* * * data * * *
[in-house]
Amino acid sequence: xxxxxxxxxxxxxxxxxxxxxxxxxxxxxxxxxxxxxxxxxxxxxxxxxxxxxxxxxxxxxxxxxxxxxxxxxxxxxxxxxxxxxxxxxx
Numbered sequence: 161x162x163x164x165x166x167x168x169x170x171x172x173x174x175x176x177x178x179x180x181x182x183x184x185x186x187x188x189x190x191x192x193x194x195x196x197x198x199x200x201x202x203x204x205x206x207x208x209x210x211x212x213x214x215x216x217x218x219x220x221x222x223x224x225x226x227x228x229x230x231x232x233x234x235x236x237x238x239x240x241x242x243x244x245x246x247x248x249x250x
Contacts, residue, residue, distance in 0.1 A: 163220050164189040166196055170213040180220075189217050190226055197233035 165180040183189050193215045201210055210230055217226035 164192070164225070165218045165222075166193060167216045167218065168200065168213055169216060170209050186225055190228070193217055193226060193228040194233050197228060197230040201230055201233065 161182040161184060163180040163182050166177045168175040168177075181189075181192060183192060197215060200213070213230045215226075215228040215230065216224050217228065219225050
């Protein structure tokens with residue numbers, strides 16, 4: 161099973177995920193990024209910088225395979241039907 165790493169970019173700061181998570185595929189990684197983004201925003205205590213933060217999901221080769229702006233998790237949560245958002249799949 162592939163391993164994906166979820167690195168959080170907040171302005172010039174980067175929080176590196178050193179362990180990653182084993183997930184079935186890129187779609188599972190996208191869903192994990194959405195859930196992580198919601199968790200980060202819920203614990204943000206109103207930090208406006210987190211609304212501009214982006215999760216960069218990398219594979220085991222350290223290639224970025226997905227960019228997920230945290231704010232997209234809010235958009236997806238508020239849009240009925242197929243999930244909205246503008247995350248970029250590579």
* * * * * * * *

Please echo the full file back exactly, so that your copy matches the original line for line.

[in-house]
Amino acid sequence: xxxxxxxxxxxxxxxxxxxxxxxxxxxxxxxxxxxxxxxxxxxxxxxxxxxxxxxxxxxxxxxxxxxxxxxxxxxxxxxxxxxxxxxxxx
Numbered sequence: 161x162x163x164x165x166x167x168x169x170x171x172x173x174x175x176x177x178x179x180x181x182x183x184x185x186x187x188x189x190x191x192x193x194x195x196x197x198x199x200x201x202x203x204x205x206x207x208x209x210x211x212x213x214x215x216x217x218x219x220x221x222x223x224x225x226x227x228x229x230x231x232x233x234x235x236x237x238x239x240x241x242x243x244x245x246x247x248x249x250x
Contacts, residue, residue, distance in 0.1 A: 163220050164189040166196055170213040180220075189217050190226055197233035 165180040183189050193215045201210055210230055217226035 164192070164225070165218045165222075166193060167216045167218065168200065168213055169216060170209050186225055190228070193217055193226060193228040194233050197228060197230040201230055201233065 161182040161184060163180040163182050166177045168175040168177075181189075181192060183192060197215060200213070213230045215226075215228040215230065216224050217228065219225050
């Protein structure tokens with residue numbers, strides 16, 4: 161099973177995920193990024209910088225395979241039907 165790493169970019173700061181998570185595929189990684197983004201925003205205590213933060217999901221080769229702006233998790237949560245958002249799949 162592939163391993164994906166979820167690195168959080170907040171302005172010039174980067175929080176590196178050193179362990180990653182084993183997930184079935186890129187779609188599972190996208191869903192994990194959405195859930196992580198919601199968790200980060202819920203614990204943000206109103207930090208406006210987190211609304212501009214982006215999760216960069218990398219594979220085991222350290223290639224970025226997905227960019228997920230945290231704010232997209234809010235958009236997806238508020239849009240009925242197929243999930244909205246503008247995350248970029250590579």